Who owns the Giro d’Italia? If you’re about to say RCS, don’t because you’d be wrong. RCS are the organisers of the race but they don’t own it. Could it be Urbano Cairo, the man who controls RCS today? No, it’s not him either…
RCS is RCS MediaGroup SpA, an Italy company from Milan which takes its initials from the merger of publishing house Rizzoli with the Corriere della Sera newspaper. In 1976 it took over the Gazzetta Dello Sport newspaper and with this came the Giro d’Italia, La Gazzetta having created the Giro to begin with. RCS Media shares are on the Italian stock exchange so you can buy yourself a slice of the company that runs the Giro.
In 2016 Italian media tycoon Urbano Cairo bought a big slice, he took control of the RCS and today owns approximately 60% of the shares in RCS. But neither RCS nor Cairo owns the Giro.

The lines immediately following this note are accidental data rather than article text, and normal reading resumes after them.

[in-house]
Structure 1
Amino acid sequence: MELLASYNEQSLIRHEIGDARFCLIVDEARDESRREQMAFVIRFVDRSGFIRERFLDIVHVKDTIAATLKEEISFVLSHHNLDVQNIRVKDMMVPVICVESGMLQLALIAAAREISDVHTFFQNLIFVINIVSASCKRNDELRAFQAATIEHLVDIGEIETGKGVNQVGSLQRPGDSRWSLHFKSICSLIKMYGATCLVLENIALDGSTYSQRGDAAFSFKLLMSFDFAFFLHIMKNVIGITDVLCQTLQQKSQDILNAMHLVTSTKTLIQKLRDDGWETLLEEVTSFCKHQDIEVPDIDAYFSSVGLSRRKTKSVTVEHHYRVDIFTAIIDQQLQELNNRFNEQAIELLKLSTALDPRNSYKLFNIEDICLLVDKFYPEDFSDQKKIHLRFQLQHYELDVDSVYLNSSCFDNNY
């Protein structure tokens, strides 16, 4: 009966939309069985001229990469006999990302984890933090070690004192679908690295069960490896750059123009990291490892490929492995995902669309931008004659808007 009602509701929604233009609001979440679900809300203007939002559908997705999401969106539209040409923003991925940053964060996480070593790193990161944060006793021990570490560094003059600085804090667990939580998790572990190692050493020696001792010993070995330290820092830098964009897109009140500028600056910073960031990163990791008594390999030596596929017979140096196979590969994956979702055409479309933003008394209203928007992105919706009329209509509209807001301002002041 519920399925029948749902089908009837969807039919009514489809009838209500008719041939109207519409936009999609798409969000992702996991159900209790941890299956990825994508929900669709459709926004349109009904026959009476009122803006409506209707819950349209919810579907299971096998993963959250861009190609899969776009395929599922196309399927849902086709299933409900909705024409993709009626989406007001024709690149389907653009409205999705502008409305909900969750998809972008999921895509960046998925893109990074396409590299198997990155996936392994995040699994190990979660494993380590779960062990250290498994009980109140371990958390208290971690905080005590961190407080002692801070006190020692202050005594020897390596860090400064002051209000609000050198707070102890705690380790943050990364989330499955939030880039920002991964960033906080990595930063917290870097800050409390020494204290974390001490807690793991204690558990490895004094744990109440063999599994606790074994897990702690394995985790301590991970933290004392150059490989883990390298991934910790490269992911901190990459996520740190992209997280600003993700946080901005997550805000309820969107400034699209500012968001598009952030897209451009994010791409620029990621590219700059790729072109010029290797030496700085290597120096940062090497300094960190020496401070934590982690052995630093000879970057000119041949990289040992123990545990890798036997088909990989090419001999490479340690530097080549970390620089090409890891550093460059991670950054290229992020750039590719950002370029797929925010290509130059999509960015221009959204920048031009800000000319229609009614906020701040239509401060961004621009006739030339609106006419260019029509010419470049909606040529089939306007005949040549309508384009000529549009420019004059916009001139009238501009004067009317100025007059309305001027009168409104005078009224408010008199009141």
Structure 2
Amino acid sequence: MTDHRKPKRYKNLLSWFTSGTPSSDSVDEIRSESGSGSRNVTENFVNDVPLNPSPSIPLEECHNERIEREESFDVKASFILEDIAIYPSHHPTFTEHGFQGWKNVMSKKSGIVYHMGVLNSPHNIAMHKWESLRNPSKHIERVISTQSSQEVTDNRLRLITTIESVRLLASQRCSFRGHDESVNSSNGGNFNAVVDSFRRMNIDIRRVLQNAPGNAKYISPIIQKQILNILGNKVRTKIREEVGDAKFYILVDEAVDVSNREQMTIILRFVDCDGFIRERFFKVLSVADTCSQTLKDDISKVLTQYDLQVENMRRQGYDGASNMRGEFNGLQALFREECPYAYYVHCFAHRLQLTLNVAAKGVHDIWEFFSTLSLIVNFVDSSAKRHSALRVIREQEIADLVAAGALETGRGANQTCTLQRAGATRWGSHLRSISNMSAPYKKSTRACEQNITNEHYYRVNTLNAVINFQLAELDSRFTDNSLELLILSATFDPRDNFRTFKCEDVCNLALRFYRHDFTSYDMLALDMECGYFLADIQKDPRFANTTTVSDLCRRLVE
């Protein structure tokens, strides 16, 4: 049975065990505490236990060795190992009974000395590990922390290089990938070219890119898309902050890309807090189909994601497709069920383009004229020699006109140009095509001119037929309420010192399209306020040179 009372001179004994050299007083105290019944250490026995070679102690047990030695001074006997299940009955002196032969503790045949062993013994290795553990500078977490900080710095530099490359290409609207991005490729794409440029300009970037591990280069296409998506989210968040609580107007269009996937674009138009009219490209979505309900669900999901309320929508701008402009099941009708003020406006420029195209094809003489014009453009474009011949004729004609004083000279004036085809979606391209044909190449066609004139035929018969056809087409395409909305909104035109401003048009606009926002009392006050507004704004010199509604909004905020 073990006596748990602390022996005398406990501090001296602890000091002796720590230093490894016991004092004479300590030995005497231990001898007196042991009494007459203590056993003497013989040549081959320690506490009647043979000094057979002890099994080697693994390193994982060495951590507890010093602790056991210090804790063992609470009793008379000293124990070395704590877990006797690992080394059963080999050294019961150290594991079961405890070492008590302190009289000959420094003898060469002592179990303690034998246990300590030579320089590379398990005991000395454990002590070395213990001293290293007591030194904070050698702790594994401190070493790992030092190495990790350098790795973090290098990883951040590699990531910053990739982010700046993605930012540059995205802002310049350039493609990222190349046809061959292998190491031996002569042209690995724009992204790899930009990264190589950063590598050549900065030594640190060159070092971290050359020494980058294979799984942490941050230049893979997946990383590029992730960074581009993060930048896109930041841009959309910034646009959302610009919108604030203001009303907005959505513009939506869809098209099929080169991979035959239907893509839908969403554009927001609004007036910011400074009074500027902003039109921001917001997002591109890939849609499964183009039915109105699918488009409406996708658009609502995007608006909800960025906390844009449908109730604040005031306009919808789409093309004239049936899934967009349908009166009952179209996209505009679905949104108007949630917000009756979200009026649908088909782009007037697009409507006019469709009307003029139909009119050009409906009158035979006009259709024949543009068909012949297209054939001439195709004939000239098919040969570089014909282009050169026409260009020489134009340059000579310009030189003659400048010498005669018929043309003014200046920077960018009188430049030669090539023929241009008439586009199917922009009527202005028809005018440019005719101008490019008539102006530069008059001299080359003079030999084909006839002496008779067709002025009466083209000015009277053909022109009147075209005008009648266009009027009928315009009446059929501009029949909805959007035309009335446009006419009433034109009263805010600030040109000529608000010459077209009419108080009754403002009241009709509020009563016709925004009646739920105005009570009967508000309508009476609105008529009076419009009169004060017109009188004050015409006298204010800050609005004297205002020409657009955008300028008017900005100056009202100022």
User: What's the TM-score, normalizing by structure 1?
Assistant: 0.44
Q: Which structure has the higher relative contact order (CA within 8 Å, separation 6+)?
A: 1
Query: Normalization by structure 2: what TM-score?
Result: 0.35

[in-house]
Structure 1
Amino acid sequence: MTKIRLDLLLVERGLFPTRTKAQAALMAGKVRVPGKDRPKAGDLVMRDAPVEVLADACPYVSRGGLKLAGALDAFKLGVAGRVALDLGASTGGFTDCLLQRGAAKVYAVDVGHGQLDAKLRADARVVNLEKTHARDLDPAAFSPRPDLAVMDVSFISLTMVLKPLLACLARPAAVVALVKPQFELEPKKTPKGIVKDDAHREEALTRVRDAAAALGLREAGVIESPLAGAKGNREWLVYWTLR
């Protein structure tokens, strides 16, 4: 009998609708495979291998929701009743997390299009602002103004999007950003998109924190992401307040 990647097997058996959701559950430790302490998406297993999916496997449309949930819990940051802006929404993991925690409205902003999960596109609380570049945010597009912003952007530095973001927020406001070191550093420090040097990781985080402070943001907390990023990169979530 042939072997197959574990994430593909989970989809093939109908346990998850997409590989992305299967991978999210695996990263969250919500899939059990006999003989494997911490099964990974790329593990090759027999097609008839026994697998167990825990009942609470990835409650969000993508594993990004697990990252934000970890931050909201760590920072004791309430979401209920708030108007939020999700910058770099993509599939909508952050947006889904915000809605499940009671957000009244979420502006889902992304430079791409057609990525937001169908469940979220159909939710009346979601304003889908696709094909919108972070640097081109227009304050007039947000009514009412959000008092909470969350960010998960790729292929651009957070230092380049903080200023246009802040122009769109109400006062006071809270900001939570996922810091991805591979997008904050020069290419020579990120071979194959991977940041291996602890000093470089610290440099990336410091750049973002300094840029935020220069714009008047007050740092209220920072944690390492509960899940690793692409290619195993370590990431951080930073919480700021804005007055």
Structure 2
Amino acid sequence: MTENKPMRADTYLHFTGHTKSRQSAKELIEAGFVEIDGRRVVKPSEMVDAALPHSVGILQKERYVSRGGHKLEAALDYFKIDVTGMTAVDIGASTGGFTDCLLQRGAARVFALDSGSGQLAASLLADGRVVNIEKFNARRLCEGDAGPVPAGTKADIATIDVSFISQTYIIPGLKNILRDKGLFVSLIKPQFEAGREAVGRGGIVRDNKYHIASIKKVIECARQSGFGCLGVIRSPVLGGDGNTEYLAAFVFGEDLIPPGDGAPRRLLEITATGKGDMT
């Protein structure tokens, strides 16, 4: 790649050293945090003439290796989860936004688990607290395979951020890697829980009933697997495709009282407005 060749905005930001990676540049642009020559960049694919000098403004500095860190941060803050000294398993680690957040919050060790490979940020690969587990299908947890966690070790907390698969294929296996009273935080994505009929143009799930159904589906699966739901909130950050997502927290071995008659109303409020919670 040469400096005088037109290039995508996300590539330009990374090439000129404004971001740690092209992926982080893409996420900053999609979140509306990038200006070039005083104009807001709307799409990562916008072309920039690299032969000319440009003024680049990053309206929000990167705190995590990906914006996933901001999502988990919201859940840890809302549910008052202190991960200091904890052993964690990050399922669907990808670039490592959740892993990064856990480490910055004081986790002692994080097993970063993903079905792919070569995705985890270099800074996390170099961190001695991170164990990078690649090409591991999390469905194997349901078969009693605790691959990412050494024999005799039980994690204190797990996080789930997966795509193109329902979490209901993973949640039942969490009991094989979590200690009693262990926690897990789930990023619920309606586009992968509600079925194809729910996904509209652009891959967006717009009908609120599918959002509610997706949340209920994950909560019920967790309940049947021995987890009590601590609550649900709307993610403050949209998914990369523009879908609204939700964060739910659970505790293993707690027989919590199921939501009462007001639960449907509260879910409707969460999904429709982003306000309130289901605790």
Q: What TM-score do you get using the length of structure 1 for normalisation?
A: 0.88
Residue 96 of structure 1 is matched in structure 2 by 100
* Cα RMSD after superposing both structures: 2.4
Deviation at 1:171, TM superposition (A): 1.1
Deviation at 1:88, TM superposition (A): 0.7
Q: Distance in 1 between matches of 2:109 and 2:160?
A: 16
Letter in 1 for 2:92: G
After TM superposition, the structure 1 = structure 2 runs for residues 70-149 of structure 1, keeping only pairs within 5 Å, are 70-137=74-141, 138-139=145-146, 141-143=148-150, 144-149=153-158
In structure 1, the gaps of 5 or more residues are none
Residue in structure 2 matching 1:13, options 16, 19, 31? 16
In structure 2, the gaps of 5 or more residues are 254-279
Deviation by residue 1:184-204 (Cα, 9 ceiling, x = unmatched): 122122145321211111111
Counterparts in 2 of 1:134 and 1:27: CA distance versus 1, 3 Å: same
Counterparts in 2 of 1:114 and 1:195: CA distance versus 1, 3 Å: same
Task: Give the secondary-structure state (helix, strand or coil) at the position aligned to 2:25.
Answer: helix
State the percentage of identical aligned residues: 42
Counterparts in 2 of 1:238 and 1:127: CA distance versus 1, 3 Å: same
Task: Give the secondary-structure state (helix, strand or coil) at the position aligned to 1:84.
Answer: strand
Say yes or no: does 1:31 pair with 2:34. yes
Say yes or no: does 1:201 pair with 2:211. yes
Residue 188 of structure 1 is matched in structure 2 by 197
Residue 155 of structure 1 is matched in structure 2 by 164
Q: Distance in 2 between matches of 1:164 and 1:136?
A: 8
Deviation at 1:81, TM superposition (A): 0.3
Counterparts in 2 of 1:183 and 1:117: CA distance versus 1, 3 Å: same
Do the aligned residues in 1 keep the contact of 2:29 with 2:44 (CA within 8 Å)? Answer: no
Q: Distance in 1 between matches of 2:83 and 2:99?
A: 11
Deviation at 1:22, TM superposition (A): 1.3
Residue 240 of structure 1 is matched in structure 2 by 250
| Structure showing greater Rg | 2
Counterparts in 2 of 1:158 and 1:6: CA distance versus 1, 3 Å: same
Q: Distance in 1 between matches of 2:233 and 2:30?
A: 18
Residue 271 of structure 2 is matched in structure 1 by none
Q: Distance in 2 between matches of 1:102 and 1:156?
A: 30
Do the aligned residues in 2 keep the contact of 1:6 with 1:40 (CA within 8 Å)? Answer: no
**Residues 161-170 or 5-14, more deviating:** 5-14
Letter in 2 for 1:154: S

So who does? Look closely at the pink pages of La Gazzetta and each day’s edition includes a small legal box with the paper’s contact details, subscription prices, the name of the editor, size of the print run and among the small print is also the line “testata di proprieta A Bonacossa” which identifies the owner: a certain A Bonacossa. This is the Countess Alberta Bonacossa. In 1929 Albert Bonacossa acquired a majority stake in La Gazzetta and was a publisher and a patron of the sports, particularly tennis, winter sports and motoring. In 1976 RCS’s deal to buy La Gazzetta Dello Sport didn’t actually include owning the newspaper, instead it was a deal to rent and publish it and the Bonacossa family to this day owns the title to the newspaper. Similarly Countess Bonacossa is the real owner of the Giro d’Italia.
The Countess can be seen at the Giro sometimes when it arrives in Milan. That’s her on the right of the image. But this is going to be a short blog post because there’s not much more to add. John Foot’s excellent Pedalare! book on the history of Italian cycling has no mention. Her family is quite private and so the business deal even more. But now you know who owns the Giro d’Italia.